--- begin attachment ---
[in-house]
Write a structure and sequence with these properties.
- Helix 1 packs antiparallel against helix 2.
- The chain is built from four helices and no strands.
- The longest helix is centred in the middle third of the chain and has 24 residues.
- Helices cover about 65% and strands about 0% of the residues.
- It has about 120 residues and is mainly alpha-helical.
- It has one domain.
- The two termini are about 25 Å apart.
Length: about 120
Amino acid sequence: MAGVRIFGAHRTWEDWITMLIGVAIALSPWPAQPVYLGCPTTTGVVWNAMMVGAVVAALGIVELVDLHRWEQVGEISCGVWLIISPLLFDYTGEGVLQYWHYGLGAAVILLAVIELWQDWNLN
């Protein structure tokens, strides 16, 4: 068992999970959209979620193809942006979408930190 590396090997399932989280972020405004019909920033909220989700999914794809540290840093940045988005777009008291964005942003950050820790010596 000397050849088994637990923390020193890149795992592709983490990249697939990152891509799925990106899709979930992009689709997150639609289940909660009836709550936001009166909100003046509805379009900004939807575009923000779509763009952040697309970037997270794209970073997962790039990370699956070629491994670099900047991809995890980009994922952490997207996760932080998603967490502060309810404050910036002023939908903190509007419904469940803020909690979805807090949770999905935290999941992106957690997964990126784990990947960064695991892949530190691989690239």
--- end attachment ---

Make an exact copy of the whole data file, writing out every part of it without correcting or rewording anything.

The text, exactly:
[in-house]
Write a structure and sequence with these properties.
- Helix 1 packs antiparallel against helix 2.
- The chain is built from four helices and no strands.
- The longest helix is centred in the middle third of the chain and has 24 residues.
- Helices cover about 65% and strands about 0% of the residues.
- It has about 120 residues and is mainly alpha-helical.
- It has one domain.
- The two termini are about 25 Å apart.
Length: about 120
Amino acid sequence: MAGVRIFGAHRTWEDWITMLIGVAIALSPWPAQPVYLGCPTTTGVVWNAMMVGAVVAALGIVELVDLHRWEQVGEISCGVWLIISPLLFDYTGEGVLQYWHYGLGAAVILLAVIELWQDWNLN
């Protein structure tokens, strides 16, 4: 068992999970959209979620193809942006979408930190 590396090997399932989280972020405004019909920033909220989700999914794809540290840093940045988005777009008291964005942003950050820790010596 000397050849088994637990923390020193890149795992592709983490990249697939990152891509799925990106899709979930992009689709997150639609289940909660009836709550936001009166909100003046509805379009900004939807575009923000779509763009952040697309970037997270794209970073997962790039990370699956070629491994670099900047991809995890980009994922952490997207996760932080998603967490502060309810404050910036002023939908903190509007419904469940803020909690979805807090949770999905935290999941992106957690997964990126784990990947960064695991892949530190691989690239």